The 50 best songs ever

Gus Van Sant said in this month’s Esquire, “I think that when you are 16 and 17 years old, you’re making the most important connections with the world that you will probably ever make in your life. If you ask a 70-year-old what his favorite song is, it’ll be a song he heard when he was 16.” That statement made me wonder, and it led to this post.

This list I’ve made isn’t what I think are the 50 greatest or most important songs of all time. There’s certainly no scientific explanation behind any of them. They’re simply the 50 songs I love the most. The music snob in me cringes a bit when I look at it, because there are songs on here I know I love only for nostalgic reasons, for situations recent or distant the song brings to mind, but the list is what the list is.

Back to Mr. Van Sant: before setting out to do this list I had assumed a disproportionate number of these songs would come from the early 90s, when I (cliche alert) had my musical awakening at the hands of Nirvana. I was 16 the first time I heard “Smells Like Teen Spirit” and not much older when I heard Pearl Jam and Soundgarden, who formed the triumvirate of bands who catapulted me into a whole new musical world. I could absolutely feel myself making those connections with the world to which Mr. Van Sant refers. Surprisingly enough, the latter two bands did not make this list, and I now feel like I’ve outgrown them.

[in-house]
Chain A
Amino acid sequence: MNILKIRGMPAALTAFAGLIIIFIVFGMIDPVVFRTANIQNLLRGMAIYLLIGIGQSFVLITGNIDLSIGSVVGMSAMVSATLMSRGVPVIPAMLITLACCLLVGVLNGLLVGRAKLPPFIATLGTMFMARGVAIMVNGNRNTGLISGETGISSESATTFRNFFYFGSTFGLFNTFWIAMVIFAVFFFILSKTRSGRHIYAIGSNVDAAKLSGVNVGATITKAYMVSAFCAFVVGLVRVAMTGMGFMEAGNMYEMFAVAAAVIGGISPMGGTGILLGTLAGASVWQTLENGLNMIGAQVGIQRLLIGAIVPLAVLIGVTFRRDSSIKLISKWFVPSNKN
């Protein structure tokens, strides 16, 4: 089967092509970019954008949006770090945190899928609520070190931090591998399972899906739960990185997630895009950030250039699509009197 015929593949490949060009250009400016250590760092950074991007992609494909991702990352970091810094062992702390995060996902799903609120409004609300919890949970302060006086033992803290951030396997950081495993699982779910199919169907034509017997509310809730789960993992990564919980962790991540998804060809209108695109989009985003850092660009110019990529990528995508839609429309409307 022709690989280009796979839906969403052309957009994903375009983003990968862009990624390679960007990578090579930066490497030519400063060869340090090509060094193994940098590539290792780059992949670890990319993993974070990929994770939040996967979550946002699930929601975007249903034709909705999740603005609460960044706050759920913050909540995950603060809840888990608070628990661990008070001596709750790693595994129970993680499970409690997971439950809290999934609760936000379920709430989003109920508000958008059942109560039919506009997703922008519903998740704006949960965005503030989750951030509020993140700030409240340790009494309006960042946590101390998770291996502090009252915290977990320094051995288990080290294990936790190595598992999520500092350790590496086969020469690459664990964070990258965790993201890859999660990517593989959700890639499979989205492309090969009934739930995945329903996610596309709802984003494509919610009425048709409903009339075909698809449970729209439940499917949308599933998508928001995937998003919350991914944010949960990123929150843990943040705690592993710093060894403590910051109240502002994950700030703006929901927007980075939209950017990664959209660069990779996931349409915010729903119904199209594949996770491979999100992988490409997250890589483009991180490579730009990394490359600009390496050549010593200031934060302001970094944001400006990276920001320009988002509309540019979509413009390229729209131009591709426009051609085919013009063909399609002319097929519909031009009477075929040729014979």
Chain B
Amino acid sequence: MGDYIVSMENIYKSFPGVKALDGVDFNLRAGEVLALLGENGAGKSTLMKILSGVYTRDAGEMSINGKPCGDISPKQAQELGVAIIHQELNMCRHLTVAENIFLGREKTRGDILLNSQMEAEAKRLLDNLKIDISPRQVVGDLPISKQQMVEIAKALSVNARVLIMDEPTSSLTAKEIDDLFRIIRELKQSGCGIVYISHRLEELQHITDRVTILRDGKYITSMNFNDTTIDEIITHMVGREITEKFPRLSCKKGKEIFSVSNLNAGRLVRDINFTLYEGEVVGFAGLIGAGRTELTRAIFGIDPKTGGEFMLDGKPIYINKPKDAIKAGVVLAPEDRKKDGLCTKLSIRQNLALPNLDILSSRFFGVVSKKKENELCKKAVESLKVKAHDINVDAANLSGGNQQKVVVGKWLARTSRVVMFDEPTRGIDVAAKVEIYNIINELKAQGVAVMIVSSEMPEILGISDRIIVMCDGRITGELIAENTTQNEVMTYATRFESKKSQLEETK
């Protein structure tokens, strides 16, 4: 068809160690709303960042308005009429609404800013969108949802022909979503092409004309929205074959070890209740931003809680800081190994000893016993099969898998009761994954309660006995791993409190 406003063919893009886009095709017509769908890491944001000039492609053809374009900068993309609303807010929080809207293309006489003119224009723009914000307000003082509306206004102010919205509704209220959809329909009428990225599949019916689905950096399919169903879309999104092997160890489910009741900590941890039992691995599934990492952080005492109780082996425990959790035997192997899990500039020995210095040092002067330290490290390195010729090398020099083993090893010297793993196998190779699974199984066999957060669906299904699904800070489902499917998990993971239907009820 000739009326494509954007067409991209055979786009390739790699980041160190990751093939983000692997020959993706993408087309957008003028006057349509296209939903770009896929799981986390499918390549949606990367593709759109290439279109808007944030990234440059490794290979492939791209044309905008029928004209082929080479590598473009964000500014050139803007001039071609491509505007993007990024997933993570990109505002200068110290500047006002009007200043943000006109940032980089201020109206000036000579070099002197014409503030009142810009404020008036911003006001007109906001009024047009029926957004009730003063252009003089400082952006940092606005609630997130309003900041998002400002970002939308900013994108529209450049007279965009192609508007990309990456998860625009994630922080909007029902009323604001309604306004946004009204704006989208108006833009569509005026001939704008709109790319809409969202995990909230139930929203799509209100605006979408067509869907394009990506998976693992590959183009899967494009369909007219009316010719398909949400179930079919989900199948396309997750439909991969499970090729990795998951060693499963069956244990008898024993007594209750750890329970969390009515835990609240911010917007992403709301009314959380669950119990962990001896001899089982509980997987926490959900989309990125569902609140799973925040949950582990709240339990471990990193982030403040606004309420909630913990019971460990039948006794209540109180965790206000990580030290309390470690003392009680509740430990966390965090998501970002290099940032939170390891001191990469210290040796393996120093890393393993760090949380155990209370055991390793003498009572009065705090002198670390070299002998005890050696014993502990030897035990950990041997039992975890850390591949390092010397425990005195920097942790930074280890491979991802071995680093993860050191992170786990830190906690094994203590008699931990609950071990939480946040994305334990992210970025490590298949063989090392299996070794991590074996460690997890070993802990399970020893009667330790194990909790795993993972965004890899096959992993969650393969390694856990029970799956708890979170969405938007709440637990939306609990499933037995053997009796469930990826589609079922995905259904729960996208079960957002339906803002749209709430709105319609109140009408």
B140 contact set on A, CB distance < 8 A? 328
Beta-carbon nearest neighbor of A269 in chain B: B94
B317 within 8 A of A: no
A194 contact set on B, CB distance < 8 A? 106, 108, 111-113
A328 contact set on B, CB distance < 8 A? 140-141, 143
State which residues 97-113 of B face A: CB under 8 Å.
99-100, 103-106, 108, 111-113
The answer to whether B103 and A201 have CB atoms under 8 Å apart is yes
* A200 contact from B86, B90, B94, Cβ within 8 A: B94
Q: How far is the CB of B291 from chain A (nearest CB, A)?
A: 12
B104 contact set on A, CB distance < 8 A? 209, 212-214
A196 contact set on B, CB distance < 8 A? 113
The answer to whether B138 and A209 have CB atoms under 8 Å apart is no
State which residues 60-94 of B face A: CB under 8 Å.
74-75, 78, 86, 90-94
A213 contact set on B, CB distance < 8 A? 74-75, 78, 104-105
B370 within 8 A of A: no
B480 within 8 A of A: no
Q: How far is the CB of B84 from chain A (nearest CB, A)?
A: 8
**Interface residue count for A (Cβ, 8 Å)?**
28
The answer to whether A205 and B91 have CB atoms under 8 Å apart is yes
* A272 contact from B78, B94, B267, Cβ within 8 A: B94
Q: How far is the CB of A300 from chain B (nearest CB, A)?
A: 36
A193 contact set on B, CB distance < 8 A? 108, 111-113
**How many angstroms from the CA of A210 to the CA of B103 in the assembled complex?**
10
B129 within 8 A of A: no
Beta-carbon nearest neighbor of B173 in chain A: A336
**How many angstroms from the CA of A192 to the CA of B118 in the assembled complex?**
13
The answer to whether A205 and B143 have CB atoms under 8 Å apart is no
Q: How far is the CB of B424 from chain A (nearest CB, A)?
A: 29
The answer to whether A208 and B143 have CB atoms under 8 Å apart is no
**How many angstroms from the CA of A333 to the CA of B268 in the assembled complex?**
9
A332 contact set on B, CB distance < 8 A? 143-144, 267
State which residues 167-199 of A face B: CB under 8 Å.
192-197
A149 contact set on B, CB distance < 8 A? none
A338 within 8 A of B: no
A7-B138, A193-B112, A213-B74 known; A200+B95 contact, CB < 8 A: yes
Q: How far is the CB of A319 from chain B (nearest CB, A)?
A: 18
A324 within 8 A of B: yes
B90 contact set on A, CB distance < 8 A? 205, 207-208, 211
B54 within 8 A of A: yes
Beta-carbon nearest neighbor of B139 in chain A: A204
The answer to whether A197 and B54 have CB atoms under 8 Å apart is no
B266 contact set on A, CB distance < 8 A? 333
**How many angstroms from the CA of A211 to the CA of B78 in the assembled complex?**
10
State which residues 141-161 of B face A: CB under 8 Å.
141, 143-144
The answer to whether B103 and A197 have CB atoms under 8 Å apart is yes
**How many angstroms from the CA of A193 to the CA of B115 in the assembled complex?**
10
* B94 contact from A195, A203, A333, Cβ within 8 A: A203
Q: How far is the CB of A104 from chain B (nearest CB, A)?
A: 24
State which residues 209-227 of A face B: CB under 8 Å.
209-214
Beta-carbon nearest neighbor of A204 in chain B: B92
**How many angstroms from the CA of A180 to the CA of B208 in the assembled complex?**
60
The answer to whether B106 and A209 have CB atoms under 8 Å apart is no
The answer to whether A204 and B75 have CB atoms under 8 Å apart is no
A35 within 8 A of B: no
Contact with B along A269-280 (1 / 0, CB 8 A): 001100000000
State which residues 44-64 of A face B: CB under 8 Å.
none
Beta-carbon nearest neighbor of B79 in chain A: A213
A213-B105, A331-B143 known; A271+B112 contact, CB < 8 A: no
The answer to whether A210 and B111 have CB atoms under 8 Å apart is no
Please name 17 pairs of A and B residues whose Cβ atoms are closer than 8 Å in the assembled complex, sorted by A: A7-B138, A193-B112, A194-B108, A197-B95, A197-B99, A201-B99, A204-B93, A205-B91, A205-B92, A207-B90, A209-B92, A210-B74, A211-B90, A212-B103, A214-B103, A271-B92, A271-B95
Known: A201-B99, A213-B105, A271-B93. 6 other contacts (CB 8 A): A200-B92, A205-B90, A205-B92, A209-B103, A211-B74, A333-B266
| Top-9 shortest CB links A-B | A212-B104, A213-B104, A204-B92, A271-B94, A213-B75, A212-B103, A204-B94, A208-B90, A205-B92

The other songs on this list feel like I have not outgrown them, and never will. I like the idea of holding on to the few nostalgic connections of that early 90s era — Smashing Pumpkins, The Screaming Trees, Jane’s Addiction, and so on — while still appreciating the purpose that the afore-mentioned bands served at the time. Most important to me is that I still find new music that moves me as much as does the 70-year-old Robert Johnson song on my list. Maybe that puts the lie to Mr. Van Sant’s assumption, or maybe it just explains why I’m more passionate about music than most people I know.